Existing home sales dropped 2.8 percent in December to a rate of 5.49 million units, but the National Association of Realtors said 2016 still turned out to be the best year in a decade, despite the decline.
Total existing-home sales -- completed transactions of single-family homes, townhomes, condominiums and co-ops -- surpassed 2015 (5.25 million) as the highest pace since 2006 (6.48 million). Compared to December 2015, total sales are up 0.7 percent.
Sales of existing single-family homes dropped 1.8 percent in December versus November, but are still 1.5 percent higher than a year ago. Condominium and co-op sales fell 10.3 percent, and are now 4.7 percent lower than December 2015.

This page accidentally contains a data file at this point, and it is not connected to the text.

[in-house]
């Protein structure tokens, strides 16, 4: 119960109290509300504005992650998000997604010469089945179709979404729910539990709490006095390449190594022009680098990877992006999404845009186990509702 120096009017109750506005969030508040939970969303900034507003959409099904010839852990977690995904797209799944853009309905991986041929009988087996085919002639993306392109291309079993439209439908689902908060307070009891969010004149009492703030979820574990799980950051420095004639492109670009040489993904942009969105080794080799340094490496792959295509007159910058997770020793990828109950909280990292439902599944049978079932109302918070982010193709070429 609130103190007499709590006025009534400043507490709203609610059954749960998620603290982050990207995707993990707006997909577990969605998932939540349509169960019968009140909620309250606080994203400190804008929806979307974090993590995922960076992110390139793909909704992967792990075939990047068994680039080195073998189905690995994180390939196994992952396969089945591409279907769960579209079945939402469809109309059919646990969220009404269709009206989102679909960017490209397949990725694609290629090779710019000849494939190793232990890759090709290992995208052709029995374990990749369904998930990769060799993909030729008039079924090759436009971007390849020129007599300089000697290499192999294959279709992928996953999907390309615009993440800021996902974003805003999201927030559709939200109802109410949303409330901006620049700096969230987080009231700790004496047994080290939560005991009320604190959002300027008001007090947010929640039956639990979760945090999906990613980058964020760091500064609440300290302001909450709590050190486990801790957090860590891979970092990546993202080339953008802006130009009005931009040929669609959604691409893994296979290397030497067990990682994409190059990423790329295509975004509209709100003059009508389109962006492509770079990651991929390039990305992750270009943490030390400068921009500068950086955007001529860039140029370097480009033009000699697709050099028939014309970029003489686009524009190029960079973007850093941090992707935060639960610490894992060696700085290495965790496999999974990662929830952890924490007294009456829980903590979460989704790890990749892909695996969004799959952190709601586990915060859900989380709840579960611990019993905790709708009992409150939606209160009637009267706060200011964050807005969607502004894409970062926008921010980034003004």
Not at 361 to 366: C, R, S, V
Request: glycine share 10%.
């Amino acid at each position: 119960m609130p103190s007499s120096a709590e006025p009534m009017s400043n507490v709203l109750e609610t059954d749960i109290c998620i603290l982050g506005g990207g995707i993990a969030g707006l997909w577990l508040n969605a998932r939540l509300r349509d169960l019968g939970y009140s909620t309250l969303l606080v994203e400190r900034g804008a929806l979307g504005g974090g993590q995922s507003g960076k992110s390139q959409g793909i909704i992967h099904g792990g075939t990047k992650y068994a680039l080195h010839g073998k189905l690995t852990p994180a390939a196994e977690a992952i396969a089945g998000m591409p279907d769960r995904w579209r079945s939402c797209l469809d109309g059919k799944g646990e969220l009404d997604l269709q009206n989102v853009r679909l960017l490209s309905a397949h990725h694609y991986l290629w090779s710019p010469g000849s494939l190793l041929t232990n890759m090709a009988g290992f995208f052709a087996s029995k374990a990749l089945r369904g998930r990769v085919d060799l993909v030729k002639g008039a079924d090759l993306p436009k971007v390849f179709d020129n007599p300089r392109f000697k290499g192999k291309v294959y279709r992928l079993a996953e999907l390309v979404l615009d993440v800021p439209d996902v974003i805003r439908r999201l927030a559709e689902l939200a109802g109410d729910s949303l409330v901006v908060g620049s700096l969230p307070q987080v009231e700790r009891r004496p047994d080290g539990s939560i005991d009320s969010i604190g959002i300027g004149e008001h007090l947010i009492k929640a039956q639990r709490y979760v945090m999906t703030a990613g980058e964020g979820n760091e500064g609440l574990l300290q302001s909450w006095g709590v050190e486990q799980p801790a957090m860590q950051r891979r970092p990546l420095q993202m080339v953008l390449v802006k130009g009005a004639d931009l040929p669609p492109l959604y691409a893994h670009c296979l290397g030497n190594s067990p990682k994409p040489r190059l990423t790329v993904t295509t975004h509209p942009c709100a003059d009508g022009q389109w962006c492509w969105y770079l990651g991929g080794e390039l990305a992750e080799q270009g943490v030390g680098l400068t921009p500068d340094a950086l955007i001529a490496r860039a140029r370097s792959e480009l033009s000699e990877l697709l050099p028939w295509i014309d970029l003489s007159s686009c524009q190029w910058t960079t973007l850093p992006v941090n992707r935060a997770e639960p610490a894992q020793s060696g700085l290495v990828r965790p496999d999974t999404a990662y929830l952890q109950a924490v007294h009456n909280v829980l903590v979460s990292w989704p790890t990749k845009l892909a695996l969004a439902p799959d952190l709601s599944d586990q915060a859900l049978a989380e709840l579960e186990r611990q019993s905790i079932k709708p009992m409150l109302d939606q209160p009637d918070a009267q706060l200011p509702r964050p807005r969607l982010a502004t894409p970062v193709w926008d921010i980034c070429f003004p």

Regionally, sales in the Northeast dropped the most, shedding 6.2 percent for the month, but it remains 2.7 percent higher than a year ago. In the Midwest, sales decreased 3.8 percent, but are still 2.4 percent above December 2015. Sales in the South were unchanged for the month, and are 0.4 percent higher year-over-year. And in the West, sales fell 4.8 percent, and are now 1.6 percent lower from a year earlier.
"Solid job creation throughout 2016 and exceptionally low mortgage rates translated into a good year for the housing market," said Lawrence Yun, chief economist for the NAR. "However, higher mortgage rates and home prices combined with record low inventory levels stunted sales in much of the country in December."
The median existing-home price for all housing types in December was $232,200, up 4.0 percent from December 2015 ($223,200).